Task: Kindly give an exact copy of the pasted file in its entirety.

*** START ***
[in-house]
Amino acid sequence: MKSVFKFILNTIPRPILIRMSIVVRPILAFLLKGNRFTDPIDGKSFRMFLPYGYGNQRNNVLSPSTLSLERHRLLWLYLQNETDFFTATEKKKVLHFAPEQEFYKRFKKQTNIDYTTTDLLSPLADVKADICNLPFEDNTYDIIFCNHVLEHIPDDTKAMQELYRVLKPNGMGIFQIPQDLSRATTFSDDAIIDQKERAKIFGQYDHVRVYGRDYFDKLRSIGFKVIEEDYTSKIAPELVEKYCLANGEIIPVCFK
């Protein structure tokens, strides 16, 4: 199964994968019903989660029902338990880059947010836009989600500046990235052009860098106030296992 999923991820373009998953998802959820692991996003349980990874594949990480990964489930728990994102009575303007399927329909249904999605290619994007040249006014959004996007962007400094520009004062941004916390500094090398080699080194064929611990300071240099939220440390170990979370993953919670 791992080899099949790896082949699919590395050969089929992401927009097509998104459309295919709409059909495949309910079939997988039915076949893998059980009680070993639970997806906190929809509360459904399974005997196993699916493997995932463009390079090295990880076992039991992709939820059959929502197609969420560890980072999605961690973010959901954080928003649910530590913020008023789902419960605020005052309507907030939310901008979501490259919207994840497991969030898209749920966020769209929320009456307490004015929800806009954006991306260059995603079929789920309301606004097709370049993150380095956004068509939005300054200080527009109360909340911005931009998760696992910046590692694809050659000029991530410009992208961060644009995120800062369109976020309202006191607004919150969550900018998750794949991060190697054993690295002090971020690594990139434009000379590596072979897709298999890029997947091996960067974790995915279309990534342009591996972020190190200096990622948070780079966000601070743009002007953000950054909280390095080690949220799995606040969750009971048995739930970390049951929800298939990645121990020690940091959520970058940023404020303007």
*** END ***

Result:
[in-house]
Amino acid sequence: MKSVFKFILNTIPRPILIRMSIVVRPILAFLLKGNRFTDPIDGKSFRMFLPYGYGNQRNNVLSPSTLSLERHRLLWLYLQNETDFFTATEKKKVLHFAPEQEFYKRFKKQTNIDYTTTDLLSPLADVKADICNLPFEDNTYDIIFCNHVLEHIPDDTKAMQELYRVLKPNGMGIFQIPQDLSRATTFSDDAIIDQKERAKIFGQYDHVRVYGRDYFDKLRSIGFKVIEEDYTSKIAPELVEKYCLANGEIIPVCFK
């Protein structure tokens, strides 16, 4: 199964994968019903989660029902338990880059947010836009989600500046990235052009860098106030296992 999923991820373009998953998802959820692991996003349980990874594949990480990964489930728990994102009575303007399927329909249904999605290619994007040249006014959004996007962007400094520009004062941004916390500094090398080699080194064929611990300071240099939220440390170990979370993953919670 791992080899099949790896082949699919590395050969089929992401927009097509998104459309295919709409059909495949309910079939997988039915076949893998059980009680070993639970997806906190929809509360459904399974005997196993699916493997995932463009390079090295990880076992039991992709939820059959929502197609969420560890980072999605961690973010959901954080928003649910530590913020008023789902419960605020005052309507907030939310901008979501490259919207994840497991969030898209749920966020769209929320009456307490004015929800806009954006991306260059995603079929789920309301606004097709370049993150380095956004068509939005300054200080527009109360909340911005931009998760696992910046590692694809050659000029991530410009992208961060644009995120800062369109976020309202006191607004919150969550900018998750794949991060190697054993690295002090971020690594990139434009000379590596072979897709298999890029997947091996960067974790995915279309990534342009591996972020190190200096990622948070780079966000601070743009002007953000950054909280390095080690949220799995606040969750009971048995739930970390049951929800298939990645121990020690940091959520970058940023404020303007």